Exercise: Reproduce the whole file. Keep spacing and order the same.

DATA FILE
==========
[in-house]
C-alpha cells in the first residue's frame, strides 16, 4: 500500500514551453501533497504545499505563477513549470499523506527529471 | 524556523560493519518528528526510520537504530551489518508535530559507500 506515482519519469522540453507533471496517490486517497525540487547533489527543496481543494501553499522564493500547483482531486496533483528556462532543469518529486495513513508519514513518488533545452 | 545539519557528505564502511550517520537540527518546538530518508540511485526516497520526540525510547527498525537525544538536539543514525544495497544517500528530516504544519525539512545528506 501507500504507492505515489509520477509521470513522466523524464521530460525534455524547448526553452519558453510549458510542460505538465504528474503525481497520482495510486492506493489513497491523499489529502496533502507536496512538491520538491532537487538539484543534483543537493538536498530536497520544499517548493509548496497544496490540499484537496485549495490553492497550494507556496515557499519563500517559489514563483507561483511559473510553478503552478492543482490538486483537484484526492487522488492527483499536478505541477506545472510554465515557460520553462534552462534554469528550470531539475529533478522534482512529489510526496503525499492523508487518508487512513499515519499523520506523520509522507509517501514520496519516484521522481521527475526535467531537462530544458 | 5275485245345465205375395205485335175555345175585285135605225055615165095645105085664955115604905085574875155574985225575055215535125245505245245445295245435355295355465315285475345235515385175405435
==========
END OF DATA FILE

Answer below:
[in-house]
C-alpha cells in the first residue's frame, strides 16, 4: 500500500514551453501533497504545499505563477513549470499523506527529471 | 524556523560493519518528528526510520537504530551489518508535530559507500 506515482519519469522540453507533471496517490486517497525540487547533489527543496481543494501553499522564493500547483482531486496533483528556462532543469518529486495513513508519514513518488533545452 | 545539519557528505564502511550517520537540527518546538530518508540511485526516497520526540525510547527498525537525544538536539543514525544495497544517500528530516504544519525539512545528506 501507500504507492505515489509520477509521470513522466523524464521530460525534455524547448526553452519558453510549458510542460505538465504528474503525481497520482495510486492506493489513497491523499489529502496533502507536496512538491520538491532537487538539484543534483543537493538536498530536497520544499517548493509548496497544496490540499484537496485549495490553492497550494507556496515557499519563500517559489514563483507561483511559473510553478503552478492543482490538486483537484484526492487522488492527483499536478505541477506545472510554465515557460520553462534552462534554469528550470531539475529533478522534482512529489510526496503525499492523508487518508487512513499515519499523520506523520509522507509517501514520496519516484521522481521527475526535467531537462530544458 | 5275485245345465205375395205485335175555345175585285135605225055615165095645105085664955115604905085574875155574985225575055215535125245505245245445295245435355295355465315285475345235515385175405435